Strong macro-economic indicators


European equities: improvement on the labour market


In Europe, an unreliable supply of Russian gas, falling investments in thermal energy and maintenance work on nuclear power plants led to a sharp rise in gas and electricity prices across the continent before they fell in December. Higher energy prices are fuelling the rise in inflation in the region.

Inflation is an issue. In December, three of the four major developed market central banks indicated that they have greater concerns about inflation heading into 2022 than about the economic disruption that could be caused by the Omicron variant.

The European Central Bank (ECB) confirmed that the pandemic emergency purchase programme (PEPP) would end in March, reducing monthly purchases via the asset purchase programme until shortly before the first rate rise.

The new wave of COVID-19 has reduced mobility but the effects on fourth-quarter activity should remain muted. Nevertheless, activity in services has been affected, as highlighted by the latest PMI. This will weigh on activity in Q1.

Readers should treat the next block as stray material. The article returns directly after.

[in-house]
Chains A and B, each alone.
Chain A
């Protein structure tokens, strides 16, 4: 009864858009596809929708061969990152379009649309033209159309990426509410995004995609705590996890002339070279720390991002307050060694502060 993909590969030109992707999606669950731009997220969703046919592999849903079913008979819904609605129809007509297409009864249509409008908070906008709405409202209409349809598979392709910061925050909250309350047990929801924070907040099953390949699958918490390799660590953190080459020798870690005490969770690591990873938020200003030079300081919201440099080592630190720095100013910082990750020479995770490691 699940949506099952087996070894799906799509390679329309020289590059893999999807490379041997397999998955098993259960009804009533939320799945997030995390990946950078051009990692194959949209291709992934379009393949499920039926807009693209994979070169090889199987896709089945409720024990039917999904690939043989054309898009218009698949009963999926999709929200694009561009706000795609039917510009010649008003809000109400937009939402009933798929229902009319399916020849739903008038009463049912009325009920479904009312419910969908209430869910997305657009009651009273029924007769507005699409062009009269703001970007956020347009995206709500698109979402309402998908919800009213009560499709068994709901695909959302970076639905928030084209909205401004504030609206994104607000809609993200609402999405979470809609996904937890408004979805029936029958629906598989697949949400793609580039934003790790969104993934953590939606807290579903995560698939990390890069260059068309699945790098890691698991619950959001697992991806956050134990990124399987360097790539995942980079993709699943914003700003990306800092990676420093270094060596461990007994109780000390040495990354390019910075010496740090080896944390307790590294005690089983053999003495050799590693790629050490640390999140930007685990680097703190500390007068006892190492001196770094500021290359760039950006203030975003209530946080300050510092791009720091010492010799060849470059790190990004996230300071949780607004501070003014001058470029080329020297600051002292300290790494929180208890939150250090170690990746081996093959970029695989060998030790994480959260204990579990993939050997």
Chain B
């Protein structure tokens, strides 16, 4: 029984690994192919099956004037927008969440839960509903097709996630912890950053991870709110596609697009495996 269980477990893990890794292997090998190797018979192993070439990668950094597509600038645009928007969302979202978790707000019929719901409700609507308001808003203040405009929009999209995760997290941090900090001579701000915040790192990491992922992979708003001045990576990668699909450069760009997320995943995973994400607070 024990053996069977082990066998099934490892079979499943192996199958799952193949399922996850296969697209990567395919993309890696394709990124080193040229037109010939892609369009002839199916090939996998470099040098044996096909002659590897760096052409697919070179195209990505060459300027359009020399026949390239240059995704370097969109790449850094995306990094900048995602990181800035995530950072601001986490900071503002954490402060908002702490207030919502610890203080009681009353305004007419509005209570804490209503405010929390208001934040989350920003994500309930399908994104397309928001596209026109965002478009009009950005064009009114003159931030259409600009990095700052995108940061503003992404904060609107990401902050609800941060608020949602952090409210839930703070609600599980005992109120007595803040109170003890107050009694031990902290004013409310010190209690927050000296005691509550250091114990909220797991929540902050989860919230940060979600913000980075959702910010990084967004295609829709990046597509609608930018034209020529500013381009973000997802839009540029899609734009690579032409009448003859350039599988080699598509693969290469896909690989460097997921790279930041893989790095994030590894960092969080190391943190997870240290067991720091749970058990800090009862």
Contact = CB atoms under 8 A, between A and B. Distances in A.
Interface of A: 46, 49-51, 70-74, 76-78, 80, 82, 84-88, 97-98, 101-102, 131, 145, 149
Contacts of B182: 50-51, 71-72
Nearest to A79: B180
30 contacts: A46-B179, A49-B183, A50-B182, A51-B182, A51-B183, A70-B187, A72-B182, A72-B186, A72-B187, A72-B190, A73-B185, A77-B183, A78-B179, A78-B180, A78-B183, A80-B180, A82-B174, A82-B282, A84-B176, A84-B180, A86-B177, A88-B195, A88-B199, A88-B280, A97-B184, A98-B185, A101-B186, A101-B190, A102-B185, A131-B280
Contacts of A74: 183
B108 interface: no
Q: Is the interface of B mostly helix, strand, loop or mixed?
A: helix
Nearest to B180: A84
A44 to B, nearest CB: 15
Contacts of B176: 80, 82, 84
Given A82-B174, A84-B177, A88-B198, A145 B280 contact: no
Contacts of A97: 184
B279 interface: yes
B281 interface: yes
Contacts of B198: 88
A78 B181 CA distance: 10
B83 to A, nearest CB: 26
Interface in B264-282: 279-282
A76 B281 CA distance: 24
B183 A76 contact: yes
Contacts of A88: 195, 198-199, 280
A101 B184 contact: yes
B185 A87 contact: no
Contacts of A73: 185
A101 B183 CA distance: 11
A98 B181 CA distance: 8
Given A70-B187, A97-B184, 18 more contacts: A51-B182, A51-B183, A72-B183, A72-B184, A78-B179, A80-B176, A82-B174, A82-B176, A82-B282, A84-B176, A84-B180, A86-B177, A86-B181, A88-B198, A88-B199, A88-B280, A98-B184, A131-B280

The improvement on the labour market should support consumption, but household consumer confidence has started to reverse as energy prices keep on increasing.

Favourable demand expectations should support moderate growth in business investment.

Supportive EU-wide fiscal policy and the cautious rebalancing of national public deficits should allow GDP growth in the eurozone of 4.2% in 2022, but discussions around the new budget rules are likely to be heated.

The ECB will be patient. Core inflation has clearly accelerated, but up to now it has not been driven by wage increases and it is expected to fall back below 2% by the end of 2022.

Net purchases under PEPP will end in March, but could be restarted if the pandemic delivers another “negative shock”. We expect no lift-off in 2022.

In terms of style performance, over the last 4 weeks, Value stocks outperformed Growth stocks, especially Large Cap names, while Small Caps lagged somewhat, as in the US.

In terms of sector performance, over the last 4 weeks, we can observe that IT stocks suffered the most, with consumer discretionary and industrials also slightly negative. On the other hand, financials and energy performed very well.